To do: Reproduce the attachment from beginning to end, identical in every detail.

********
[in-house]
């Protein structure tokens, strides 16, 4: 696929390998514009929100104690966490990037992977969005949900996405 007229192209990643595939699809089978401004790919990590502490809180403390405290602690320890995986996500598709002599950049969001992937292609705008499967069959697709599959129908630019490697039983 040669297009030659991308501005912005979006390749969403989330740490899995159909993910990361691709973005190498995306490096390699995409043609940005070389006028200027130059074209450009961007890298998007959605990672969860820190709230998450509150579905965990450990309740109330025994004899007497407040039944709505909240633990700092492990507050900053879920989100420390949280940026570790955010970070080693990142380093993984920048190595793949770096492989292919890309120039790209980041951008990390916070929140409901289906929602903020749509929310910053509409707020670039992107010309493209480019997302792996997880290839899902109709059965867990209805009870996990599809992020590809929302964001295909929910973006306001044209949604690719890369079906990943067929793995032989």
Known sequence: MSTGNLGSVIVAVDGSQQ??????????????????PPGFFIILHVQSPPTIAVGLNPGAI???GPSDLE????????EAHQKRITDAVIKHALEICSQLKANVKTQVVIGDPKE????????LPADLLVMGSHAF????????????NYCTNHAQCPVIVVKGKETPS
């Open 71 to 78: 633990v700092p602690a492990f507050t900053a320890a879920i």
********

[in-house]
């Protein structure tokens, strides 16, 4: 696929390998514009929100104690966490990037992977969005949900996405 007229192209990643595939699809089978401004790919990590502490809180403390405290602690320890995986996500598709002599950049969001992937292609705008499967069959697709599959129908630019490697039983 040669297009030659991308501005912005979006390749969403989330740490899995159909993910990361691709973005190498995306490096390699995409043609940005070389006028200027130059074209450009961007890298998007959605990672969860820190709230998450509150579905965990450990309740109330025994004899007497407040039944709505909240633990700092492990507050900053879920989100420390949280940026570790955010970070080693990142380093993984920048190595793949770096492989292919890309120039790209980041951008990390916070929140409901289906929602903020749509929310910053509409707020670039992107010309493209480019997302792996997880290839899902109709059965867990209805009870996990599809992020590809929302964001295909929910973006306001044209949604690719890369079906990943067929793995032989």
Known sequence: MSTGNLGSVIVAVDGSQQ??????????????????PPGFFIILHVQSPPTIAVGLNPGAI???GPSDLE????????EAHQKRITDAVIKHALEICSQLKANVKTQVVIGDPKE????????LPADLLVMGSHAF????????????NYCTNHAQCPVIVVKGKETPS
């Open 71 to 78: 633990v700092p602690a492990f507050t900053a320890a879920i």